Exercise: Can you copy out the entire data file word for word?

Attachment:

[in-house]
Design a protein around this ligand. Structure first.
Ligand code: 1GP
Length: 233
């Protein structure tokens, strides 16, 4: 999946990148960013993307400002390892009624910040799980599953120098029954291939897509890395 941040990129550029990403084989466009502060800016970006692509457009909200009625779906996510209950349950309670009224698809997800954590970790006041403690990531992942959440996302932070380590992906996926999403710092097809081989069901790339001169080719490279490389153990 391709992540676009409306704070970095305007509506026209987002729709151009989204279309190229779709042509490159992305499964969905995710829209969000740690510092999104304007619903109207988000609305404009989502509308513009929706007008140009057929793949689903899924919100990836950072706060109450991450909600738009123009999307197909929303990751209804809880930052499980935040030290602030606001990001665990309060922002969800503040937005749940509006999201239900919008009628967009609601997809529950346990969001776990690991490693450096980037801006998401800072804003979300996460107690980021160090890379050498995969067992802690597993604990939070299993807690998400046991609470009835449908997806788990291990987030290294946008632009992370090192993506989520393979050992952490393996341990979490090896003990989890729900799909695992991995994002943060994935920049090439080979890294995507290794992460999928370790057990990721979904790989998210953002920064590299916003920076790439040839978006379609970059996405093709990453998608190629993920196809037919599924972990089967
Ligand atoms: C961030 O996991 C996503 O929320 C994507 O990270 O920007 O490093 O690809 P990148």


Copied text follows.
[in-house]
Design a protein around this ligand. Structure first.
Ligand code: 1GP
Length: 233
């Protein structure tokens, strides 16, 4: 999946990148960013993307400002390892009624910040799980599953120098029954291939897509890395 941040990129550029990403084989466009502060800016970006692509457009909200009625779906996510209950349950309670009224698809997800954590970790006041403690990531992942959440996302932070380590992906996926999403710092097809081989069901790339001169080719490279490389153990 391709992540676009409306704070970095305007509506026209987002729709151009989204279309190229779709042509490159992305499964969905995710829209969000740690510092999104304007619903109207988000609305404009989502509308513009929706007008140009057929793949689903899924919100990836950072706060109450991450909600738009123009999307197909929303990751209804809880930052499980935040030290602030606001990001665990309060922002969800503040937005749940509006999201239900919008009628967009609601997809529950346990969001776990690991490693450096980037801006998401800072804003979300996460107690980021160090890379050498995969067992802690597993604990939070299993807690998400046991609470009835449908997806788990291990987030290294946008632009992370090192993506989520393979050992952490393996341990979490090896003990989890729900799909695992991995994002943060994935920049090439080979890294995507290794992460999928370790057990990721979904790989998210953002920064590299916003920076790439040839978006379609970059996405093709990453998608190629993920196809037919599924972990089967
Ligand atoms: C961030 O996991 C996503 O929320 C994507 O990270 O920007 O490093 O690809 P990148």